Here’s the recipe for the Chico Sapote Crumble, dehydrator required:

Crust

  • 5 C nuts, pecans are my choice
  • 1/4 C maple syrup
  • 1/4 C dates – pitted
  • 2 T chia
  • 1 t cinnamon
  • 1/4 t nutmeg
  • 1/2 t salt

Filling

  • 3 cups chico sapote
  • 1/4 to 1/2 C mesquite, I like a lot of mesquite
  • 1/4 C maple syrup
  • 1/2 T cinnamon
  • 1/8 t clove
  • blend
  • fold in 1 C raisin

1.     Prepare the crust in the food processor.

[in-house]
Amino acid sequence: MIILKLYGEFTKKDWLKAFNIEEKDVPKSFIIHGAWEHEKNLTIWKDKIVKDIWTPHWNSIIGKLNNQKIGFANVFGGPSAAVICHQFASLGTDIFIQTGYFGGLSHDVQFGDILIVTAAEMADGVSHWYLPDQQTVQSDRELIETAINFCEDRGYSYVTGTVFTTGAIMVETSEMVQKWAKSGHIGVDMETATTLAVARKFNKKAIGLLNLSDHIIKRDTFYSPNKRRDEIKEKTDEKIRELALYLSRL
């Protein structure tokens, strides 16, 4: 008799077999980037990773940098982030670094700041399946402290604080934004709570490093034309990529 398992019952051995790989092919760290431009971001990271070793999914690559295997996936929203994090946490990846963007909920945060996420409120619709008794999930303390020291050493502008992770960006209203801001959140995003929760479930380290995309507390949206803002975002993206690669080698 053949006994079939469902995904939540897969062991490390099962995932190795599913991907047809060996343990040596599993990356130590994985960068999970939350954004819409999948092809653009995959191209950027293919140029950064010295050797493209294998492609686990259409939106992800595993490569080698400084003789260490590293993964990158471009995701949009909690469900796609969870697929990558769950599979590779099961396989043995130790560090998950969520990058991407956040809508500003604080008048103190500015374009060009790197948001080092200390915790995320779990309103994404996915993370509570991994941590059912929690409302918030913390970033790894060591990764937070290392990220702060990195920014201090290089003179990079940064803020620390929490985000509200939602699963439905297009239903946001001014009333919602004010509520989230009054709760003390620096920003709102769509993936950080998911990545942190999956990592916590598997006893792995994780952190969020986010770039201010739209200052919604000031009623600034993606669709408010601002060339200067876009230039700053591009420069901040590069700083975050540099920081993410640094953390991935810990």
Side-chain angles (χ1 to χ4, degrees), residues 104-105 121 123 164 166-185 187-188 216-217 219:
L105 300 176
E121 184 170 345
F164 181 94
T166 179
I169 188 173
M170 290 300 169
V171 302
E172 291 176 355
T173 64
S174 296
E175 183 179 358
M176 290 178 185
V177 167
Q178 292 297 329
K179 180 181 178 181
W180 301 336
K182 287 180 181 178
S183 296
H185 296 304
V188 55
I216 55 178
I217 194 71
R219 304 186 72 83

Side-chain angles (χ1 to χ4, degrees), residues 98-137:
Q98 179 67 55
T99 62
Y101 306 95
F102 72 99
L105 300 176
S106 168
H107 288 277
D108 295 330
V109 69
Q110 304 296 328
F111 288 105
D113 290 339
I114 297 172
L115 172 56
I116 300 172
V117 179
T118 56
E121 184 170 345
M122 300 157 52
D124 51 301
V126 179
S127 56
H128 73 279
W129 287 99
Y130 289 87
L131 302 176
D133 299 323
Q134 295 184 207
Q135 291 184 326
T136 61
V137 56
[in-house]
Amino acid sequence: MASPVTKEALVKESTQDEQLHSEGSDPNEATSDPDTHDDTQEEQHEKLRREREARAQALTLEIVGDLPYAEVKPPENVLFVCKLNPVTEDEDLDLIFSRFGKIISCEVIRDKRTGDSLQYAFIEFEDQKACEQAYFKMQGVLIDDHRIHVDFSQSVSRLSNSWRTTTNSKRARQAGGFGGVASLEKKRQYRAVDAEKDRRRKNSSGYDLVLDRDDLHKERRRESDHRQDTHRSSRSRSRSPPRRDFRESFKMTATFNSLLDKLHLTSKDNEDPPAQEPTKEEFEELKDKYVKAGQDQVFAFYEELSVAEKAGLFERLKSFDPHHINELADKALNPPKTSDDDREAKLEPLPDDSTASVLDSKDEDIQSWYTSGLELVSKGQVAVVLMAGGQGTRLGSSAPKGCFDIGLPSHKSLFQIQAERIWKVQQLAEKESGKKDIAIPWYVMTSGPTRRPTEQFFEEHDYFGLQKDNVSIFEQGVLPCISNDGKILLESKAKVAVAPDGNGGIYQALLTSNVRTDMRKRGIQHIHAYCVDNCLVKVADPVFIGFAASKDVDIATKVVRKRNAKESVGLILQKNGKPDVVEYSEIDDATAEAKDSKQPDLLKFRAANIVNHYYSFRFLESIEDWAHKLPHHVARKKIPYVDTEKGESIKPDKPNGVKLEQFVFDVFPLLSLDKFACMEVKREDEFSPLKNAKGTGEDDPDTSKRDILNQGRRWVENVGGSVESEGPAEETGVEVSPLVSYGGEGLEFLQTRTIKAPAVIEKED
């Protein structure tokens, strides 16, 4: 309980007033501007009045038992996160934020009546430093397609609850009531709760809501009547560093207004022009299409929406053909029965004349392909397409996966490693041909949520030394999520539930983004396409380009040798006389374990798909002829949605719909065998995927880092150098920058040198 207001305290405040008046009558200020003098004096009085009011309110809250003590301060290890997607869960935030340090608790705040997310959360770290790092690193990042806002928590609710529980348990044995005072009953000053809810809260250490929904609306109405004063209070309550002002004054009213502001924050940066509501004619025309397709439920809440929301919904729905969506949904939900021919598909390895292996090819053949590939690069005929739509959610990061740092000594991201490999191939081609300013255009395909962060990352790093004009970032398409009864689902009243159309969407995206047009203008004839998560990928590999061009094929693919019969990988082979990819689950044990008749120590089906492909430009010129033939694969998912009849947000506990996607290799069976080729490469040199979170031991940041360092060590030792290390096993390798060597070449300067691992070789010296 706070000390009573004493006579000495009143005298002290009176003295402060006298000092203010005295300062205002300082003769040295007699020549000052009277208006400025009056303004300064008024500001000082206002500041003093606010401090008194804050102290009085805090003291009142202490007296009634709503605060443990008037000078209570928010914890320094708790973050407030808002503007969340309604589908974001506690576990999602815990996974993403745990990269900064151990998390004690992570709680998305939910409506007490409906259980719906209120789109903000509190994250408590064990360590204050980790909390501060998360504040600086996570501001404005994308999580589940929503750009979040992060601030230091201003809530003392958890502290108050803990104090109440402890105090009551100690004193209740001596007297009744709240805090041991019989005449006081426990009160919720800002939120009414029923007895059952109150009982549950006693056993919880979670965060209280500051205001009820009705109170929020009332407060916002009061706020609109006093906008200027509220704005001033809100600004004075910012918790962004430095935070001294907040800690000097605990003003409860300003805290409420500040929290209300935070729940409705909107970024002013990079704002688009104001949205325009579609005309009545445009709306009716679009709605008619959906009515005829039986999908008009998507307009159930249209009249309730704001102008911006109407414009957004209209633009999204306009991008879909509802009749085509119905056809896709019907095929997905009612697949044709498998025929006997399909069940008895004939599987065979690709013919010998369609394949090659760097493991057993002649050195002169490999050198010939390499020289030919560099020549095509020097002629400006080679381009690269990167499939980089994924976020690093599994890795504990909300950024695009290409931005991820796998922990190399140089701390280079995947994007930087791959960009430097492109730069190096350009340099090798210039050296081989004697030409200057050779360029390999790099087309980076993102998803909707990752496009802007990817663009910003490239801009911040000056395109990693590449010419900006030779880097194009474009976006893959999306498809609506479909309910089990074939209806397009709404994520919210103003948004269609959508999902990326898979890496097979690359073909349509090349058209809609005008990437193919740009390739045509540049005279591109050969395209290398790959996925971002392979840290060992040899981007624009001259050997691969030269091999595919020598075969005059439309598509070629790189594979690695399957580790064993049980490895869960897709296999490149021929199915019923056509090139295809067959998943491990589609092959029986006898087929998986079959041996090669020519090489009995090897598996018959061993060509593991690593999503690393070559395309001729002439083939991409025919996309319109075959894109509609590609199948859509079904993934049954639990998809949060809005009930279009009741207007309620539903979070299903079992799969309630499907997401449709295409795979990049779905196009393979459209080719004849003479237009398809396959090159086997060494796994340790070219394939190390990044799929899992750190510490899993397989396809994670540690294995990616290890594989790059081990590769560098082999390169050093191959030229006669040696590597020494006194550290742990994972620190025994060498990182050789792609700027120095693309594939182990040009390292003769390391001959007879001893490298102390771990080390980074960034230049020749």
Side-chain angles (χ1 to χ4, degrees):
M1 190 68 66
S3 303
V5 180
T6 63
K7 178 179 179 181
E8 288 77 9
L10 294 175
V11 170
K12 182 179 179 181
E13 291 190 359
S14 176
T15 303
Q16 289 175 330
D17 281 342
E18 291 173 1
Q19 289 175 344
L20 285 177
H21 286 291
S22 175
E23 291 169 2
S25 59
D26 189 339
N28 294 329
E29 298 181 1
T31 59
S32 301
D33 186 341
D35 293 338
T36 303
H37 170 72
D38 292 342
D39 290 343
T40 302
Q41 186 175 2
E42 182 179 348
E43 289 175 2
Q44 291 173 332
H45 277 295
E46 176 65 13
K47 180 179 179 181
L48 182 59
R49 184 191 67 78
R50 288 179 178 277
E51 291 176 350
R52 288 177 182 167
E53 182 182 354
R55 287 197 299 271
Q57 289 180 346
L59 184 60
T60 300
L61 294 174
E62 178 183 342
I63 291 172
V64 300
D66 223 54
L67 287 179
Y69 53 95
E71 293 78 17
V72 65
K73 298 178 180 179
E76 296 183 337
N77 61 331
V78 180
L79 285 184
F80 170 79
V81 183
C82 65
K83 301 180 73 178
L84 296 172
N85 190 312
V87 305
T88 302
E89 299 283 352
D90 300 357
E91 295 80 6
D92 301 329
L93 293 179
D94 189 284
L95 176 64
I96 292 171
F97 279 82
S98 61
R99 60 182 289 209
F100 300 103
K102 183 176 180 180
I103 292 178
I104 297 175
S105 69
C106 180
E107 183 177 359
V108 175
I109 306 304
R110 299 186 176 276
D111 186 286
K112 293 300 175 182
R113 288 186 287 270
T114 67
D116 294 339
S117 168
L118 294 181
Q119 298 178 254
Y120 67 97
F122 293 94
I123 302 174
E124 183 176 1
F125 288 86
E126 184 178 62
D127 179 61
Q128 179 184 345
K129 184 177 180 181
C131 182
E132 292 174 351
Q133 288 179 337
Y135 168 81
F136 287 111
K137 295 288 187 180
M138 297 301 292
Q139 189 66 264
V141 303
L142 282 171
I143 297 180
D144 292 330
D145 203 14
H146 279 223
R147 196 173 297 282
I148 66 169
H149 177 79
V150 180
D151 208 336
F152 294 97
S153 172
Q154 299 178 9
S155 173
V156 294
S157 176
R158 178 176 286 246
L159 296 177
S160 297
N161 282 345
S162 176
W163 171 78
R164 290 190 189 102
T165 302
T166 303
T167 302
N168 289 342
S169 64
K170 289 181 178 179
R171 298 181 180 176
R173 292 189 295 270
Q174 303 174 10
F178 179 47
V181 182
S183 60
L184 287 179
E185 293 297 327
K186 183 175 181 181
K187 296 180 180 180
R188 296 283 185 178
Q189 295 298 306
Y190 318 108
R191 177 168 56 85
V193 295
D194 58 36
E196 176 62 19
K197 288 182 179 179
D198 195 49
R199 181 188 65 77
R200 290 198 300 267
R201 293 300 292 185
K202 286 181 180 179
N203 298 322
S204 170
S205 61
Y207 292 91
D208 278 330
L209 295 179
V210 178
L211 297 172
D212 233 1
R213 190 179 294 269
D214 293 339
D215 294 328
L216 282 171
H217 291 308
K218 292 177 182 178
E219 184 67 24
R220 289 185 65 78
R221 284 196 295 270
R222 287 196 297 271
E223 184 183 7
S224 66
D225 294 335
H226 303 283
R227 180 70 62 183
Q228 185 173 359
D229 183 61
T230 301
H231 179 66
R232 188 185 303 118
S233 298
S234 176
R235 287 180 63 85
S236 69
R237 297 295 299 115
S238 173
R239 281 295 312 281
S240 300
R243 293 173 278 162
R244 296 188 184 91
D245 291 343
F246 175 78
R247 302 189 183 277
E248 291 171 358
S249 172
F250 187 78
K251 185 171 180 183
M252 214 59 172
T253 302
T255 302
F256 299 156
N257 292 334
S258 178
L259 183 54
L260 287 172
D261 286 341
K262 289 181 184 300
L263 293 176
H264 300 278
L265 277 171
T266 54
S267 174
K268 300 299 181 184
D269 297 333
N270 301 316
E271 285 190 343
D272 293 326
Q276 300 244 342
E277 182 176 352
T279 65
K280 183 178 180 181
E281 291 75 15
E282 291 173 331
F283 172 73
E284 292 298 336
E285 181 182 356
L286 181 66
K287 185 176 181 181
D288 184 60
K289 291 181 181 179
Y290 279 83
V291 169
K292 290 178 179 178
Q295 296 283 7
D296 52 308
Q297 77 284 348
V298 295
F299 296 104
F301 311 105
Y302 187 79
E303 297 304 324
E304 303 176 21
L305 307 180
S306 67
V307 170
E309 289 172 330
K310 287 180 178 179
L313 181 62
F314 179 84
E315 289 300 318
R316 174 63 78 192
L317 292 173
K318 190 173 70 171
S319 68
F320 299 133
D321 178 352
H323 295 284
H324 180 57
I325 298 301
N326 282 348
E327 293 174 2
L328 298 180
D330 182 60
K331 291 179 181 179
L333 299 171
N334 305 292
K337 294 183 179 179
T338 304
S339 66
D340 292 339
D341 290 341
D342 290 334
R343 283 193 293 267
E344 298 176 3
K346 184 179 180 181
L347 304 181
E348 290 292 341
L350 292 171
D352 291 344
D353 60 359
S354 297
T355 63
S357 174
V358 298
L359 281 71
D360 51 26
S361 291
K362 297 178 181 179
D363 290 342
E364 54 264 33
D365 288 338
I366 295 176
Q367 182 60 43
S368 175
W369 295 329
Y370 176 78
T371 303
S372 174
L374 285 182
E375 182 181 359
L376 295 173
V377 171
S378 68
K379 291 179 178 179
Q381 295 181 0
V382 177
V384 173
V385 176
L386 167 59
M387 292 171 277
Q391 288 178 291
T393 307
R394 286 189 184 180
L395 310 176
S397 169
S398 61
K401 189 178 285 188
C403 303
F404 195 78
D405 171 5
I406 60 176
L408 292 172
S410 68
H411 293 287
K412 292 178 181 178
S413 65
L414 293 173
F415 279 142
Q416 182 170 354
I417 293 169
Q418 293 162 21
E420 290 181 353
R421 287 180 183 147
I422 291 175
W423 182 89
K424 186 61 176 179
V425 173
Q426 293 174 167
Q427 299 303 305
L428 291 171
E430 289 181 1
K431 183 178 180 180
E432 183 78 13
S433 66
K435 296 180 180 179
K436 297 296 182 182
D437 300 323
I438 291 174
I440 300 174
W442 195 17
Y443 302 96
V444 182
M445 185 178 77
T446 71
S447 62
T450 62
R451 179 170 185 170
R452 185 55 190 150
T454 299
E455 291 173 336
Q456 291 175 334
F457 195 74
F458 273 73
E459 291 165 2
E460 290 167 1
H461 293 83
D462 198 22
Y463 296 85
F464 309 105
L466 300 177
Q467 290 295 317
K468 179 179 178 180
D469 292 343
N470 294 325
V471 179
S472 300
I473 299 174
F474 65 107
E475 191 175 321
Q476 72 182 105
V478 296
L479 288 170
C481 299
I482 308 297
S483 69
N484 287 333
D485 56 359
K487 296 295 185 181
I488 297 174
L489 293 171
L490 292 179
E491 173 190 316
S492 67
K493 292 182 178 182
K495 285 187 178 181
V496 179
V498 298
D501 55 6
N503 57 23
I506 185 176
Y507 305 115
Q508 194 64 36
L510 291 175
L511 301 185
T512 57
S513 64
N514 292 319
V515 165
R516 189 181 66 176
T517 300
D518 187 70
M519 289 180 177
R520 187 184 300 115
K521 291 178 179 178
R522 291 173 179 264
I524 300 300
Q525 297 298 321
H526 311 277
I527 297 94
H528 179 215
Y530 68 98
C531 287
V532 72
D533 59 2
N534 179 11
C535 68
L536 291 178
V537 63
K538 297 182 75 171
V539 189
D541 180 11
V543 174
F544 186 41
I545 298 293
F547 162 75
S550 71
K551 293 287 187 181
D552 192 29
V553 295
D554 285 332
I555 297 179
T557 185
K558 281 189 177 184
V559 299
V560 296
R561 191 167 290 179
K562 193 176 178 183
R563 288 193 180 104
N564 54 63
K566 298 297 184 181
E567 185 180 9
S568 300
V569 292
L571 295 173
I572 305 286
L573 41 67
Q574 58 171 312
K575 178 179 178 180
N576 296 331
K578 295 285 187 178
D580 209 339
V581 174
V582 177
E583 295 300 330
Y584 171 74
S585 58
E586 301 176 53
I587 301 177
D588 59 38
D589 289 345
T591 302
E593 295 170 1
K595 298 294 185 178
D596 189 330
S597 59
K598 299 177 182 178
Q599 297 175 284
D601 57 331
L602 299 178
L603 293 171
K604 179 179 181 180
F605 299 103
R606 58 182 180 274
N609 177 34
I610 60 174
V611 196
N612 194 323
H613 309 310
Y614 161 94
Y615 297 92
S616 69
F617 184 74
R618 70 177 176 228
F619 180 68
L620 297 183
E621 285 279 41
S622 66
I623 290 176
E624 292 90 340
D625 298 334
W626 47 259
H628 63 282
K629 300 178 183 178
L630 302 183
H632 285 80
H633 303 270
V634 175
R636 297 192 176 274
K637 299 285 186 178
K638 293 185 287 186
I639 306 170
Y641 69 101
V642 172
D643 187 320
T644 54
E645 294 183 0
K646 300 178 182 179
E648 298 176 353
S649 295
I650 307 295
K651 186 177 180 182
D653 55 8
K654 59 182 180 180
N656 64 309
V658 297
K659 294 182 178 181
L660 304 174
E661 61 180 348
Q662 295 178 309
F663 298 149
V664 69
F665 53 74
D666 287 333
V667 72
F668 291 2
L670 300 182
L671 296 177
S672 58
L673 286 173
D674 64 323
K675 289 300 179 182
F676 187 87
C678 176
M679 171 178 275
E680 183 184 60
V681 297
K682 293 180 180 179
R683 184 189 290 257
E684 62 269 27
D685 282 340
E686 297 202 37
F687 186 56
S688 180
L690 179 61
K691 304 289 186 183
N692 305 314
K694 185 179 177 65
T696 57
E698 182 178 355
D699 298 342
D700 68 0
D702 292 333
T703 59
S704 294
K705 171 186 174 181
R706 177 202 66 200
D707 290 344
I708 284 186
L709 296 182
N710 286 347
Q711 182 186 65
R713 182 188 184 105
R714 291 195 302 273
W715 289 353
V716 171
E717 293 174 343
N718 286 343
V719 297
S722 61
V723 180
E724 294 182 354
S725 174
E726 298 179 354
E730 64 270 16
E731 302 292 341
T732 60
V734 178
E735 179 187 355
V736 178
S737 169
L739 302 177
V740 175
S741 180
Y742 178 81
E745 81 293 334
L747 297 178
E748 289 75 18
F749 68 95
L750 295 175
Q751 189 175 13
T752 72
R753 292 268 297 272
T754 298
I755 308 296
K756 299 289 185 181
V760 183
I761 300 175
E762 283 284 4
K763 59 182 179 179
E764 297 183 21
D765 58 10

2.     Split the crust mixture in half.

3.     Press half of the crust into the bottom of a casserole dish or rectangular spring form (10 by 12 inches).

4.     Pour the filling into the spring form on top of the crust.

5.     Crumble the remaining crust onto the filling evenly.

6.     Dehydrate at 115F – 120F 12 hours until crispy and dry.

7.     Serve warm with a scoop of your favorite raw vegan ice cream.

Stay tuned for the chico pie recipe… Keep it Live!